Name Games

15 Sep

I’m ecstatic.  I know all of my students’ names. 

Well, at least today I do.

Please don’t ask me outside of the classroom if a particular child is a morning or afternoon student, because that is a question I probably won’t be able to answer just yet.  Some things will take a little extra time.

I have many students with names that start with the same sound.  Imagine having a *Cindy, Sarah, Suzy, Savannah, Sandy and Saul in one class, for example.  Maybe it is just me, but my brain starts to mix up those names.  I will say Michael when I mean Matthew, and I will say Jessica when I mean Jennifer. 

I also have many names that sound similar like McKenzie and McKenna, for example.  This is yet another speed bump for my brain and more names to stumble over. 

Add to those obstacles the chance that I might call a student by their older sibling’s name, and it is amazing that I can correctly learn any child’s name, ever.

But I have done it.

Now the goal is to remember all of their names for the next school day.

Keeping in mind, of course, that on most mornings I have to run back into the house to grab my forgotten lunch. 

Mrs. V

*All the names used in this post are fictional and not the actual names of any of my students.

Waiting

6 Sep

anticipating

alarm shockingly ringing

school year beginning

Mrs. V

The Lists

30 Aug

The week before the new school year begins, I receive my very important class lists.  These lists contain the names of my 20 students in the morning, and my 20 students in the afternoon, give or take a few, depending upon enrollment. 

While some of the names are familiar because they are repeat students or repeat families, most of the names are completely new to me.

I hold my lists in my hands and look closely at the names and try to picture what these children might look like, how they might act or how I will ever learn to pronounce or even spell their names.

The lists are a clean slate for me.  These classes will create a unique story for this school year.  I relish this thought.

Then it’s almost a dreamy, blissful, wishful state of mind that I enter. 

It will be a great year, these children will line up, they will sit for group, they will be brilliant, they will be kind to one another and they will, of course, adore me. 

I will remember their parents names, their siblings names, and what part of town they live in. 

I will have the best preschool year yet!

I enjoy that feeling of hopefulness.  I am, after all, an optimist.

Those lists make me feel like I am actually holding a great school year in the palm of my hand.

Let the new school year begin!

Mrs. V

Hello Hedgie

25 Aug

Through my window blows a cooling breeze.

Outside I hear the rustling leaves.

I have things to do and places to be.

Projects to finish and people to see.

But I feel my summer slipping away,

As I anticipate the first school day.

Of course I’ll have new students to meet,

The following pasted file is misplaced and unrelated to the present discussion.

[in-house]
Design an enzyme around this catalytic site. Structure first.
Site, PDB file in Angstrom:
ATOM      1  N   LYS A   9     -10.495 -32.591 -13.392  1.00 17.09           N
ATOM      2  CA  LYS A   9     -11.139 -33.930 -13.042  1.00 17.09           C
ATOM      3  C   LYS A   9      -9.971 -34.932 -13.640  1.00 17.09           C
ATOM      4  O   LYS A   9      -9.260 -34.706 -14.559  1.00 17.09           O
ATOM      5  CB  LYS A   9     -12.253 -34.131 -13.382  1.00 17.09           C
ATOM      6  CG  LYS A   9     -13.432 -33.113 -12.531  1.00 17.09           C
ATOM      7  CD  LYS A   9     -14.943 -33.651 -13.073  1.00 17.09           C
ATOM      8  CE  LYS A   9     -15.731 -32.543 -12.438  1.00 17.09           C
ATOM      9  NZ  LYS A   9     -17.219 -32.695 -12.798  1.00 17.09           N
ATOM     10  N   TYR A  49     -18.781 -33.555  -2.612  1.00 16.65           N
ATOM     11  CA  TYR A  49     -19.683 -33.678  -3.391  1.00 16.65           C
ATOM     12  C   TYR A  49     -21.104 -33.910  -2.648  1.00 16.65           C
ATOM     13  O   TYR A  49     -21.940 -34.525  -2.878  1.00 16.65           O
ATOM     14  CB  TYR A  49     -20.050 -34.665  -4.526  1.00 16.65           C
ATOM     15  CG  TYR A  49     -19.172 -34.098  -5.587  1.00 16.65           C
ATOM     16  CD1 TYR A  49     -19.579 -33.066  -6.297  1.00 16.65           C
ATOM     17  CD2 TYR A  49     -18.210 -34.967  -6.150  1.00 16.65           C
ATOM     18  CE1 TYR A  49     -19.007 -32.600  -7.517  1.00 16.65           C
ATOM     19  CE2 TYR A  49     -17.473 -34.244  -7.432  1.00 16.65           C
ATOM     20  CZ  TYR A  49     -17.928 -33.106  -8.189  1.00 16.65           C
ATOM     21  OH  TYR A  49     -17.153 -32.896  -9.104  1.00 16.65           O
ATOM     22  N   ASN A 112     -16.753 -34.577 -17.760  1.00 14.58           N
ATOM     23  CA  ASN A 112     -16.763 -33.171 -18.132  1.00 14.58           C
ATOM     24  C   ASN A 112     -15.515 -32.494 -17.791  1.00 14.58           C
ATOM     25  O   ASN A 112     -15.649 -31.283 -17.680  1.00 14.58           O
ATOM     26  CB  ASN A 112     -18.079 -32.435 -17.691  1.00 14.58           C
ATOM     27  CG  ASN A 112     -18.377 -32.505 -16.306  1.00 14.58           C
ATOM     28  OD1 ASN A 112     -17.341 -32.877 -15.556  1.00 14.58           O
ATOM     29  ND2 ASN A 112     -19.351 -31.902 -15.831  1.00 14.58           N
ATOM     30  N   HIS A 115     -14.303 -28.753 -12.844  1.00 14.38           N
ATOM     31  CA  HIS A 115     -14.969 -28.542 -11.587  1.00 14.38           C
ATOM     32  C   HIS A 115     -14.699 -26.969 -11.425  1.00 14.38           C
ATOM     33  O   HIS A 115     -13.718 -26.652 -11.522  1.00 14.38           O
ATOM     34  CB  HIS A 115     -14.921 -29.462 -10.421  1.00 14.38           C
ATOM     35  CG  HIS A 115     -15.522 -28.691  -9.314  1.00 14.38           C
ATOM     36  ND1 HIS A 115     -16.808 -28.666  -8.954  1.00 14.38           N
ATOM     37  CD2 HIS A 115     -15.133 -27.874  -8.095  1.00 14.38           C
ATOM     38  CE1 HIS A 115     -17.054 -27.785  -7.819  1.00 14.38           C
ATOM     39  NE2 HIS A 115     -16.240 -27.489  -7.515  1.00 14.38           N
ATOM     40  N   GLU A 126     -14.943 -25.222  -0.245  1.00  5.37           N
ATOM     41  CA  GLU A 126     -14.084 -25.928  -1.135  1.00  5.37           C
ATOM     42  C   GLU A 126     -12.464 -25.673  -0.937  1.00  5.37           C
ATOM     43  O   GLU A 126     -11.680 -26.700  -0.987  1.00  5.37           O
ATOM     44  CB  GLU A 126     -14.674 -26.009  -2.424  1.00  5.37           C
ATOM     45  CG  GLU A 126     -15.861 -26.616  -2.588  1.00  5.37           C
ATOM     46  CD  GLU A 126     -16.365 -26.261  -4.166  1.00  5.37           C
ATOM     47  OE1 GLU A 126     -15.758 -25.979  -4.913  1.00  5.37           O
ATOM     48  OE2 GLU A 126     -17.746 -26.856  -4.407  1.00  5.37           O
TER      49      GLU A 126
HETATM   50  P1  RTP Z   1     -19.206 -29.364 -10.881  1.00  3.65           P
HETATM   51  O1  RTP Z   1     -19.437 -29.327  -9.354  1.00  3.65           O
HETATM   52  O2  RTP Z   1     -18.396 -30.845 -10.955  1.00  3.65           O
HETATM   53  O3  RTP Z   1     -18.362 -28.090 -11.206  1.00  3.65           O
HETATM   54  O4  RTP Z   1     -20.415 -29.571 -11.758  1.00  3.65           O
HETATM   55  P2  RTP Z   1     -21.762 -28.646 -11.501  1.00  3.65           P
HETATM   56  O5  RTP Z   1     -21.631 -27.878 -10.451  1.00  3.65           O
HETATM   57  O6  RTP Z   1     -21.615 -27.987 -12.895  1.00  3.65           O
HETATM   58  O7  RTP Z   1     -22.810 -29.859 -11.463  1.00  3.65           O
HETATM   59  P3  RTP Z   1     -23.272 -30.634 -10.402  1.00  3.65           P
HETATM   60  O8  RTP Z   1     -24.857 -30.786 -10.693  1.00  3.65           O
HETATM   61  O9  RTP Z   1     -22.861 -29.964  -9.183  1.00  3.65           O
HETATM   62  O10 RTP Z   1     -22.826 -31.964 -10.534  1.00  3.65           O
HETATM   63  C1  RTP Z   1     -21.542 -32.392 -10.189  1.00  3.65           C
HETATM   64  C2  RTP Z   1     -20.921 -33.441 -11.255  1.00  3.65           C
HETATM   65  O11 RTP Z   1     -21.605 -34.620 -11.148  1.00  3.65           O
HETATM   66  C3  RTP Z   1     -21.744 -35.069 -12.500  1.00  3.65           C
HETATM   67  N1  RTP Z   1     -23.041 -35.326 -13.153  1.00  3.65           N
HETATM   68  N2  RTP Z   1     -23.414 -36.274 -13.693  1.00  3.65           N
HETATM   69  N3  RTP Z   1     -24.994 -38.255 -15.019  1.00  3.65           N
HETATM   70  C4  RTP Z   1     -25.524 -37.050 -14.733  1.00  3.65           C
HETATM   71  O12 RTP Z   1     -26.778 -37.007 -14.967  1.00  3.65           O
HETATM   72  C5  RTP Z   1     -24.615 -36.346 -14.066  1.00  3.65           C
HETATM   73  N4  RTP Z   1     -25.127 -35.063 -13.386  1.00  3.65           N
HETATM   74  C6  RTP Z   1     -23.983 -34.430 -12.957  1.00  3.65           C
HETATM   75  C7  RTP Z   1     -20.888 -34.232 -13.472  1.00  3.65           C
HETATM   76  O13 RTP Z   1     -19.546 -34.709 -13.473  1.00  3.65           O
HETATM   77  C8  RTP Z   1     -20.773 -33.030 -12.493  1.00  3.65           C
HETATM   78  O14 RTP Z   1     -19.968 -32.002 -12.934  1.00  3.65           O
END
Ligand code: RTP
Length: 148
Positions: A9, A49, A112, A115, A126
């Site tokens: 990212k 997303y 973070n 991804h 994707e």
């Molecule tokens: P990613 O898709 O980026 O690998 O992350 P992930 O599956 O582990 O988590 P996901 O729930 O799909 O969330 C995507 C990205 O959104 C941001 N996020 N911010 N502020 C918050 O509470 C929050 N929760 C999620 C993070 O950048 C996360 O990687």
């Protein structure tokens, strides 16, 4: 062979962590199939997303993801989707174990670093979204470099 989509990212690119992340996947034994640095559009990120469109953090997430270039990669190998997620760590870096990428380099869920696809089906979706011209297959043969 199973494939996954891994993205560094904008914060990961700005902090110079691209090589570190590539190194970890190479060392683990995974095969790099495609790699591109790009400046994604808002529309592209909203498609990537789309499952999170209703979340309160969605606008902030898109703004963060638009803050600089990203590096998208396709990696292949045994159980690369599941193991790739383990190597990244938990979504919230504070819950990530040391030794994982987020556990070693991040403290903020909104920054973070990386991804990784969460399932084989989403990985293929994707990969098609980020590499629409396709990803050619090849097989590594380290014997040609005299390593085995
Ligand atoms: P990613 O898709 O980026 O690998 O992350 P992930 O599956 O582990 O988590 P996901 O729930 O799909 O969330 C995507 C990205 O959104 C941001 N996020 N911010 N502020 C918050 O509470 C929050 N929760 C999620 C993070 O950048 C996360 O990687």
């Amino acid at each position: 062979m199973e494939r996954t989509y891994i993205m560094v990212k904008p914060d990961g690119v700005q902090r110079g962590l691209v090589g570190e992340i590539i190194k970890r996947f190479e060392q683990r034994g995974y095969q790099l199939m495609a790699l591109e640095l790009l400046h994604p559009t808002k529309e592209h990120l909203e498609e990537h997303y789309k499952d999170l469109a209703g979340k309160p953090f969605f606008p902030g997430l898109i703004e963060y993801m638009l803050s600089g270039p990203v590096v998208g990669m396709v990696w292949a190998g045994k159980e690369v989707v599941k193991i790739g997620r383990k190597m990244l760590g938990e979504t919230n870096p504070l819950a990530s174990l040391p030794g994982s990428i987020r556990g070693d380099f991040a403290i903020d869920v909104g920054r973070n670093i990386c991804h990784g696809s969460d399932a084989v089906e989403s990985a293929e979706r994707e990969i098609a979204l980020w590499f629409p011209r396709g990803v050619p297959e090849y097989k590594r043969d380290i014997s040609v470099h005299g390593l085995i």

And my teacher friends I’ll want to greet.

So my ninth year begins with a favorite friend,

Who’ll be in my classroom until it ends.

Hello dear Hedgie. 

It’s so good to see you again.

Hedgie and Jan Brett’s book Hedgie’s Surprise will be the theme this year in my classroom.  Hedgie was my classroom theme in 2007. 

I think Hedgie is adorable.  Don’t you? 

Mrs. V

 

The Legend of the Smurf Head

20 Aug

Near the end of the school year my director purchased a nice storage box for our outdoor sand toys.  We moved the sand toys from the depths of the storage shed out to our brand new box.  We unearthed a few treasures, and some interesting pieces.

Such as a watering can that looks a little like this:

Except that our version is kind of creepy, in a beat up, 30-year-old sort of way.  Since it is a watering can, there is a hole at the back of the head and the hat is the spout.  It is one strange looking thing, and if I dwell on it too long I might have nightmares.

Anyway, when we cleaned out the toys I just didn’t have the heart to toss it out.  Maybe I was having a little nostalgia for those strange, little and blue cartoon creatures at that particular moment, who knows.

Fast forward to the next school day.

Prince Valiant, an observant, verbal and imaginative student of mine was digging through the sand toys looking for something to play with.  Suddenly he stopped, pointed at the Smurf head watering can, looked at me, and asked with a hint of disgust “What is that?!?” 

I picked it up and replied that it was a Smurf.  Prince Valiant’s precocious response was “I know it’s a Smurf.” 

 Then he paused to think a little, and firmly added “It’s a Smurf head!” 

I laughed and asked him if he thought it was creepy as I dropped it back in the box. 

He agreed that it was creepy, but then he looked at me quite seriously and asked in a very stern voice “Did you chop off that Smurf’s head and put it in that box?” 

I reassured him that no, I did not chop off the Smurf’s head and put it in the toy box, while desperately trying not to laugh. 

I was confident that he was satisfied with my answer, since he headed back to play in the sandbox.  

My confidence did not last long because when he arrived at the sandbox he announced to his playmates that the teacher (me) had chopped off a Smurf’s head and put it in the toy box.   

A few of the kids just gave him a look as if to say “Dude, what the heck is a Smurf?”, and the rest just went about their play . 

And that my friends, is the Legend of the Smurf Head, according to Prince Valiant anyway.

I still declare my innocence.

Mrs. V